Editor's note: We're celebrating this year's impressive 20 Google Science Fair finalist projects over 20 days in our Spotlight on a Young Scientist series. Learn more about each of these inspiring young people and hear what inspires them in their own words.

Name: Isabella O'Brien

Age Category: 13-15

Home: Ontario, Canada

Project: Recycling shell waste to reduce ocean acidification

Isabella became fascinated with finding out how to preserve natural resources when she encountered a sea of dead coral during a diving trip in Mexico. She researched ocean acidification and seashell waste and discovered that she could create an alkaline buffer by recycling the shell waste and adding it back to the ocean. Her project proves that we can drastically reduce ocean acidification and keep organisms happy and alive in their habitats by recycling shells.

What was the inspiration behind your project?

The inspiration behind my project came after a diving holiday in Mexico, where I observed a lot of dead coral. After doing some research, I discovered that humans production of carbon dioxide (CO2) is modifying ocean chemistry through a process known as ocean acidification, a contributing factor to coral loss. Oceans are becoming more acidic, lowering the pH levels and depleting carbonate ions, which are needed for building seashells and coral skeletons. This is forcing organisms to work harder to build their shells, making them vulnerable to predators, and therefore putting the entire marine ecosystem at risk. I also learned that millions of metric tons of shell waste is produced each year worldwide by the seafood industry and that these shells were made up of 95% calcium carbonate. It was this information that made me wonder what would happen if these shells were returned to the ocean and what impact it would have on the problem of ocean acidification.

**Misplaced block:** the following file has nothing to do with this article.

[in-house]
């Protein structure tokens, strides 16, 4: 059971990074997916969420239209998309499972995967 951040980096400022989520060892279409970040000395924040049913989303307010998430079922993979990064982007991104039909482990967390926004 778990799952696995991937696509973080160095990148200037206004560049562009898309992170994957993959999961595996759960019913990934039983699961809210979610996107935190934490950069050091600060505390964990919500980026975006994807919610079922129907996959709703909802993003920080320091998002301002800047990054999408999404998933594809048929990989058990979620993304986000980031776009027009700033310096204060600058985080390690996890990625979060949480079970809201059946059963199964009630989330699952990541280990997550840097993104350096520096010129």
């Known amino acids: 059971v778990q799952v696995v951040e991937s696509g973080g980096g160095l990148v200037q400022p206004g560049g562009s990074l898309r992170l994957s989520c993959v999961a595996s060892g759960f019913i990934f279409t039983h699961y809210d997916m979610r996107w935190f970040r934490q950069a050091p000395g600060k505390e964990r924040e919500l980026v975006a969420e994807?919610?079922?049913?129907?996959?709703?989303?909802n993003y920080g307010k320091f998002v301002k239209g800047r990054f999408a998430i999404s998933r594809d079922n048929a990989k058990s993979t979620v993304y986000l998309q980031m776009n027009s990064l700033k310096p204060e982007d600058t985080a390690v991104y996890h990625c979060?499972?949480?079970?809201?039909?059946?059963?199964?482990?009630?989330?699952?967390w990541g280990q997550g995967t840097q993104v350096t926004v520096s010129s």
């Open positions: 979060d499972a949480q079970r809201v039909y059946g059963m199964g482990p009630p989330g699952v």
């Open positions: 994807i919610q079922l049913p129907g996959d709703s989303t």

When and why did you become interested in science?

I had a fantastic science teacher (Mr. Gordon) in grades 1, 2 and 3, who made learning science both fun and exciting. He would often show us videos of Bill Nye the Science Guy, which were great. Also, I was very lucky to be at a school (St Augustine) that held an annual science fair. Students were eligible to enter starting in grade 4. I couldn't wait to do my first science fair project in grade 4, and I’ve loved science and working on science fair projects ever since.

What words of advice would you share with other young scientists?

My advice to other young scientists would be to be curious, ask questions and work on any subject you find interesting. Sometimes it will be difficult, and sometimes things go wrong and you may have to start again, but do not give up. Have fun and help change the world!